Why a Quebec town keeps moving a painting the size of a swimming pool
Moving a single painting over 650 yards may not sound like a huge task, but it took four coats of arms to transport this particular canvas through the city of Richmond in the Eastern Townships.
The work of art in question, which depicts a cottage, flowers, and the Saint-François River, is 15 feet high and 29 feet wide. It was made by the famous local artist Antonio Montour.
The painting was completed in 1942 and has been rolled up for nearly 20 years in the Sainte Famille center, where the local Lions club meets and awaits a permanent home.
The work was specially commissioned for the old Richmond City Hall, where it hung for almost 60 years. Then the building was demolished in 2001.
The huge painting was saved not just once but twice thanks to 82-year-old Roméo Boutin. He didn’t want a piece of townships history to end up in a landfill that was meant to be when the destructive occupation arrived.
“It’s a matter of memory,” said Boutin. “I think it can be important to the city of Richmond.”
So he packed it up and brought it to the Lions Club.
The moving team first rolled the painting around a 30-foot wooden beam before wrapping it in saran to keep moisture out. (Spencer Van Dyk / CBC)
With the upcoming sale of this building, the painting needs a new home again. And so Boutin got involved again and advocated local history buffs to get involved.
With a bright red curtain framing the scene, the painting shows “a typical bucolic theme of the townships,” explained Norma Husk, director of the Richmond County Historical Society.
Boutin’s initial hope was that society could find a place for the art, but Husk has yet to find a place big enough to keep it long-term – or better yet, to display it.
At the moment it will be in a preciously preserved state in the basement of the Richmond-Melbourne United Church.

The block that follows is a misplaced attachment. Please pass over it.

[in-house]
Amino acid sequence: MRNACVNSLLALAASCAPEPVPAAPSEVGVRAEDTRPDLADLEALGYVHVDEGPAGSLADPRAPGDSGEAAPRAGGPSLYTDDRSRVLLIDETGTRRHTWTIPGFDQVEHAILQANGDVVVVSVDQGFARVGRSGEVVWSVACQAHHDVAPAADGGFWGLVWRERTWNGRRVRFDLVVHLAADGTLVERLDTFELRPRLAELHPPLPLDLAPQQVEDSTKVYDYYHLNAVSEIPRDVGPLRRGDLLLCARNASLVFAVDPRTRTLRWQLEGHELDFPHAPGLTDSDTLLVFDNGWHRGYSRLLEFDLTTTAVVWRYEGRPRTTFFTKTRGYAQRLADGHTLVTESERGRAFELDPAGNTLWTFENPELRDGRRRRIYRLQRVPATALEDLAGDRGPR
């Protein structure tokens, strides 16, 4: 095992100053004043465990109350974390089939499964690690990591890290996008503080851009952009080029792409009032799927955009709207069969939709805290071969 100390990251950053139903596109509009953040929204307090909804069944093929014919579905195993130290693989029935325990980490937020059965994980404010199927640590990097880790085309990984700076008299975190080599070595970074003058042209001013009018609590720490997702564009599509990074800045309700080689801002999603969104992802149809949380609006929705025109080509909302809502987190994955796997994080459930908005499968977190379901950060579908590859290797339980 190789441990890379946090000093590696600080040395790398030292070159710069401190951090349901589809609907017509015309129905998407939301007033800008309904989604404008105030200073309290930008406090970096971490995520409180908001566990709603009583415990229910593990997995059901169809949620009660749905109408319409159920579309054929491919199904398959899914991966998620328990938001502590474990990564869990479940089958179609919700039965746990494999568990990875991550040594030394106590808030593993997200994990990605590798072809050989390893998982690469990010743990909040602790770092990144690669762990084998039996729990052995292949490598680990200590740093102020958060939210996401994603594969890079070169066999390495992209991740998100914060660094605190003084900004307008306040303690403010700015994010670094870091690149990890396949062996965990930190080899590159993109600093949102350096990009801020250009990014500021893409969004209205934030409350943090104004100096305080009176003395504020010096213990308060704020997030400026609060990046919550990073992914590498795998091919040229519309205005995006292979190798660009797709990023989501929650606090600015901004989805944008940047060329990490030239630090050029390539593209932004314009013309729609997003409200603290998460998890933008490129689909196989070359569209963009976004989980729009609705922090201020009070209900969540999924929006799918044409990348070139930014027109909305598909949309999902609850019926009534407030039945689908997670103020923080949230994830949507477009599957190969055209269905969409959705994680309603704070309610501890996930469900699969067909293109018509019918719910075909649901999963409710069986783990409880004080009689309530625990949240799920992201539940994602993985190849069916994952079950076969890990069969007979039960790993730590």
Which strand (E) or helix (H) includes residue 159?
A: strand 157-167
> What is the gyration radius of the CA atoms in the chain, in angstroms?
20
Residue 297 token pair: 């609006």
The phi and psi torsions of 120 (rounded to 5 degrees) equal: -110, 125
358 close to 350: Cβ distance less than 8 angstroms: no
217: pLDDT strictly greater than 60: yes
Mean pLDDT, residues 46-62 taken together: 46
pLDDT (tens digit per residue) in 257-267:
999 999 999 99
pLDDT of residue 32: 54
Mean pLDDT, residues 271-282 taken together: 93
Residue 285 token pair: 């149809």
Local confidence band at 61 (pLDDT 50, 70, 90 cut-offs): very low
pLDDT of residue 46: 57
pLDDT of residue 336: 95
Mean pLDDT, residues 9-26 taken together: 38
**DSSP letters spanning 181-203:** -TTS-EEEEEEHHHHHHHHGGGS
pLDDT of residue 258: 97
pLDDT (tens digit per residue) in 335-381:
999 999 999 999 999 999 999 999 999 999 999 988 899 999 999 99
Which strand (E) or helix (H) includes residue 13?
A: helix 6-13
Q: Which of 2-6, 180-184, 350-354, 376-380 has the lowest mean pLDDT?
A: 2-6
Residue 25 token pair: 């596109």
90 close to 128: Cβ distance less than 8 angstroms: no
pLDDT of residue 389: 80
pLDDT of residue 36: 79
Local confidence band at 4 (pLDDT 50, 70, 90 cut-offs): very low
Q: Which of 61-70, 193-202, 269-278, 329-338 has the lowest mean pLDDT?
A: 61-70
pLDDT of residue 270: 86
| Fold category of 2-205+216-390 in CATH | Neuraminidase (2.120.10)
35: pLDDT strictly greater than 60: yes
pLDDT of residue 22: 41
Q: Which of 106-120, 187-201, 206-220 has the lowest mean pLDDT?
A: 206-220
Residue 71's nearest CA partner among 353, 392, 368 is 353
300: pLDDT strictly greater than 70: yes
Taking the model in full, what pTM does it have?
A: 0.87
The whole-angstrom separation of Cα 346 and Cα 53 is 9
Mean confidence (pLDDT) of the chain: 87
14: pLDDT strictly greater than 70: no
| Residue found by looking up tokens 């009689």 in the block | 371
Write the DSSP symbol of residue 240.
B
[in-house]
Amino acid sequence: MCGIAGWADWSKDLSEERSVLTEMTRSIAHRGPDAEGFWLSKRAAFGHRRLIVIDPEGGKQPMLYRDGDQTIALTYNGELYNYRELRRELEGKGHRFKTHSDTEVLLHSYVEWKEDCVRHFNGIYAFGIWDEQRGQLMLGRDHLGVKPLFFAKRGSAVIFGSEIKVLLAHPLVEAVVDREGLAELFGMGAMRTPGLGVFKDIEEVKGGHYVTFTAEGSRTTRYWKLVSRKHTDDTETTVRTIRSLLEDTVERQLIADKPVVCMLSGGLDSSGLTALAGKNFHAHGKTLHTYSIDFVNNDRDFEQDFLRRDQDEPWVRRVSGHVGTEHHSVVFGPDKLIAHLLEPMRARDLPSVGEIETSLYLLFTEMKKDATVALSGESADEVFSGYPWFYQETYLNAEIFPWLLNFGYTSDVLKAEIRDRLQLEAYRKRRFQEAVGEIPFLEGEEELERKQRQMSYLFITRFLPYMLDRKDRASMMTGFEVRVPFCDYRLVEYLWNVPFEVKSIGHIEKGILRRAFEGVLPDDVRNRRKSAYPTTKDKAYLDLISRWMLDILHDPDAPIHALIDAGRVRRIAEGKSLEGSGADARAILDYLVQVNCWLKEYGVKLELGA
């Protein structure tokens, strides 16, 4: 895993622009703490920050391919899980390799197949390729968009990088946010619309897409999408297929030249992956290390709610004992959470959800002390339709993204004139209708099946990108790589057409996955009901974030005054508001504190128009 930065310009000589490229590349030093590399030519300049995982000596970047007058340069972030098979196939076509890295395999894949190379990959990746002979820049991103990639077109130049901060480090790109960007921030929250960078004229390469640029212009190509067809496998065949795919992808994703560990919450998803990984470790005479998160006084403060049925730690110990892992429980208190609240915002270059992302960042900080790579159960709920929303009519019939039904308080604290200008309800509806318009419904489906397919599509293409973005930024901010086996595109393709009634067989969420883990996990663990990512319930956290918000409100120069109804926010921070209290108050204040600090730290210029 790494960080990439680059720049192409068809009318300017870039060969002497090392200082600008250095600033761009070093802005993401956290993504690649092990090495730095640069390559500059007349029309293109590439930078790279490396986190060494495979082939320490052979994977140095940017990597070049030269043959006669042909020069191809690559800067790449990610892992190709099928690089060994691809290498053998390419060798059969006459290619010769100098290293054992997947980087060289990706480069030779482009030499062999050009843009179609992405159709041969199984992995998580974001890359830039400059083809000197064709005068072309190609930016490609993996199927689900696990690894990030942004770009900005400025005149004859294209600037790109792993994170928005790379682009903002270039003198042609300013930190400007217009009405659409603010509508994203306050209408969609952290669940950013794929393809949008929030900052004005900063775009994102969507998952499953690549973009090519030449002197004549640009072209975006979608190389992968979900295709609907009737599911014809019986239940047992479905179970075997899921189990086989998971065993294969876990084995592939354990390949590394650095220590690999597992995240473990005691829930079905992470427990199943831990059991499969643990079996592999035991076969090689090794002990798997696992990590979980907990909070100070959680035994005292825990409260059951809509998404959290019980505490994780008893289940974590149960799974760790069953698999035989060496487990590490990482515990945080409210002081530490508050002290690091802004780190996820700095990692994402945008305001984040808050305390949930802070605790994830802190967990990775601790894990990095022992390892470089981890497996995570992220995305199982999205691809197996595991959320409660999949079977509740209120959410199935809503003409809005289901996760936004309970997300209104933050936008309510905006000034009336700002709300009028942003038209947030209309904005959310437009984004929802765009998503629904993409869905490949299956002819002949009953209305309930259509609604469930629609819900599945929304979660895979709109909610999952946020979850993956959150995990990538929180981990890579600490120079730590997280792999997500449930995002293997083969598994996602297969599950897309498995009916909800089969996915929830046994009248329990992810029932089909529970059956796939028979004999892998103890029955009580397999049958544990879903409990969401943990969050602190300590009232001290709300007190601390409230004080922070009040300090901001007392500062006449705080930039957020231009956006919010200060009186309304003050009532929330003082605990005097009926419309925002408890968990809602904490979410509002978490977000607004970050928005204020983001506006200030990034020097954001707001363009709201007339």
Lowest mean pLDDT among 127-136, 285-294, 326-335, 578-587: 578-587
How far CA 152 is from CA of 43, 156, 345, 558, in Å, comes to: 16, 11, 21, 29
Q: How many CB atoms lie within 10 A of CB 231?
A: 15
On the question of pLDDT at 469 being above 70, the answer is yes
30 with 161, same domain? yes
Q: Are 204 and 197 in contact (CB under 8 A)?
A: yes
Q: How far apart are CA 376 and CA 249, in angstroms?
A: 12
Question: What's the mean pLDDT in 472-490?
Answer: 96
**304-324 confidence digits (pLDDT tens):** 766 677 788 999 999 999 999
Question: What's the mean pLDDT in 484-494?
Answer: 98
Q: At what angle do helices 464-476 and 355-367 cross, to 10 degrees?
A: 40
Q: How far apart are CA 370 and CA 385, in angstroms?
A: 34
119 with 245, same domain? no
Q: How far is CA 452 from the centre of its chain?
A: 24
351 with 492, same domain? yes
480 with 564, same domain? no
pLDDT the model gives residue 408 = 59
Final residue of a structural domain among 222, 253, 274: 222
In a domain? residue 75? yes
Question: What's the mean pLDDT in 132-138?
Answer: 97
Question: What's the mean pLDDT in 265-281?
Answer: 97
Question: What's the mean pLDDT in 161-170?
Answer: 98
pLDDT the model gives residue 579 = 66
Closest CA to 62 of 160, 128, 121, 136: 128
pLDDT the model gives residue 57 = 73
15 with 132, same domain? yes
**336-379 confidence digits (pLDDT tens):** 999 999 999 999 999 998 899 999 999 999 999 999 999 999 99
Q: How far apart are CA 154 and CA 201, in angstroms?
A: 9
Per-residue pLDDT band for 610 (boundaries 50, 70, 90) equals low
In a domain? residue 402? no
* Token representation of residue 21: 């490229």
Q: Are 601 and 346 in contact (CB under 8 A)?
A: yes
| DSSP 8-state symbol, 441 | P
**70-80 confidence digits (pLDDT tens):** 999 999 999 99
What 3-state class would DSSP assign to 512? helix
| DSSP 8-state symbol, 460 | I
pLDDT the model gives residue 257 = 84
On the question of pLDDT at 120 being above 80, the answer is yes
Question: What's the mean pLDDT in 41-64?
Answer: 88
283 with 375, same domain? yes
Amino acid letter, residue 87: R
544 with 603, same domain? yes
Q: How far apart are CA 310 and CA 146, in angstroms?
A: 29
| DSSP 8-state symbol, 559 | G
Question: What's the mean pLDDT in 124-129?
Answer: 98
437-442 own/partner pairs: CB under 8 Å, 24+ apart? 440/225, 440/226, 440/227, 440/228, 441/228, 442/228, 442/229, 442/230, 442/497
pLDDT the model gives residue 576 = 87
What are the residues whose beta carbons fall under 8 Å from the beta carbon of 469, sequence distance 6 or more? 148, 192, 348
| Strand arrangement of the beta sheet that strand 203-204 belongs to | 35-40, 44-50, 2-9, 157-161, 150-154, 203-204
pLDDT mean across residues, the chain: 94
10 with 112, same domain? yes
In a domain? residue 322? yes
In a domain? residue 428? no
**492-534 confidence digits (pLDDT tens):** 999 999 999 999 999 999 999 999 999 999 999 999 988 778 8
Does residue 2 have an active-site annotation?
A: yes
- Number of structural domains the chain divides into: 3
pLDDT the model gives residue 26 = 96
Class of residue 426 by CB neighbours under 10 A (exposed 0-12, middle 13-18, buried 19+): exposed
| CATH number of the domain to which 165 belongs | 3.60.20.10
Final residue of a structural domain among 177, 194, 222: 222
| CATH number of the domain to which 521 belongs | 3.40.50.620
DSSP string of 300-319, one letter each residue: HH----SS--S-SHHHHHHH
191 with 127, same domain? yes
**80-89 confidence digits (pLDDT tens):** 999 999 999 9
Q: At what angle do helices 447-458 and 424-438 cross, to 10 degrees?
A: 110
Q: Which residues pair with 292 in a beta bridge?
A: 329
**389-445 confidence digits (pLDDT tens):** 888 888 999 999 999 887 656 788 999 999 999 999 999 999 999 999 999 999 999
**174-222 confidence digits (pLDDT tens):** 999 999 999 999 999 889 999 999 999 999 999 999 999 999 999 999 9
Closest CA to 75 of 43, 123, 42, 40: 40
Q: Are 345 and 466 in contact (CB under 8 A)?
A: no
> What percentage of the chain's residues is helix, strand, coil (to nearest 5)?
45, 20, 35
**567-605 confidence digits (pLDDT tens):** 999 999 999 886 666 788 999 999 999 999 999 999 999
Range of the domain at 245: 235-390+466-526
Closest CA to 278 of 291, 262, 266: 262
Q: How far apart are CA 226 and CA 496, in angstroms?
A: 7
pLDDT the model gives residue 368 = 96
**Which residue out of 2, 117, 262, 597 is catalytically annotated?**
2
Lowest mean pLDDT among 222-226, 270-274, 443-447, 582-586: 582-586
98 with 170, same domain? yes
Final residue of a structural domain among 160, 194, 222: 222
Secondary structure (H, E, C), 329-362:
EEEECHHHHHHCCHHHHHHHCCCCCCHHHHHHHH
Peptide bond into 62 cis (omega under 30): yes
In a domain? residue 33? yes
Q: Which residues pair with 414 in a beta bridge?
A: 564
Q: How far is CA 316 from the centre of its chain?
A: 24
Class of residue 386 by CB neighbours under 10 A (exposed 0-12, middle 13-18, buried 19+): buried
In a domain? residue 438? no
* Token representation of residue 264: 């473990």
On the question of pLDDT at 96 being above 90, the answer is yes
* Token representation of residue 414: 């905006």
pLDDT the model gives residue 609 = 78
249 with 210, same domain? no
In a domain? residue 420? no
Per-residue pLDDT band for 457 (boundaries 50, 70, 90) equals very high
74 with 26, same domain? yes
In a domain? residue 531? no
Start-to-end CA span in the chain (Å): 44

After the painting was wrapped in saran and several layers of plates, the team made their way to Richmond Melbourne United Church and made their way down the steps of the Sainte-Famille Center. (Spencer Van Dyk / CBC)
“We hope this is the last step in this step until we find a permanent place for it,” she said.
But moving the mural was no easy task.
A team of volunteers rolled it all up, wrapped it in cling film, and then added several layers of plastic wrap before taping it shut.
Then it was carried on the shoulders of four men on foot for 650 meters to its new home in the church.
The team then carried the painting on foot through the snow and mud to the church, 650 meters away. (Spencer Van Dyk / CBC)
At the head of the parade was Serge Malenfant, a Sherbrooke mural painter hired by Husk to figure out how to preserve and move the painting.
“I’m not a conservator of the arts, but I know a little bit about it,” he said.
“The status is very good, there are a few tears and a few places where the paint was peeling off, where it probably had more light or something than it was hanging on the wall.”
Malenfant said the Quebec Arts Protection Center will need to evaluate the painting to identify the pigments and the type of paint and how best to display it. You will be able to do this while it is wrapped around a thick, 30 foot long wooden beam.
The team arrives at Richmond Melbourne United Church. (Spencer Van Dyk / CBC)
“To find a piece of canvas by Antonio Montour, I first saw one this size,” said Malenfant, describing Montour as a “Renaissance man” involved in theater design, visual arts, acting, and leading theater troupes , Paint signs and even sketch parade wagons.
“So it’s pretty amazing to find a piece of his work this size like he used to do with a canvas,” Malenfant said.
He’s a big fan. In fact, Malenfant featured Montour in one of his own murals. There is also a park in Windsor named after the latter artist.
“It’s part of our culture, it’s part of our history in the Eastern Townships region, so it’s a great pleasure to find the piece in great shape,” said Malenfant.
The painting by Antonio Montour in the basement of Richmond Melbourne United Church, where it will be kept until historical society finds a new permanent home. (Spencer Van Dyk / CBC)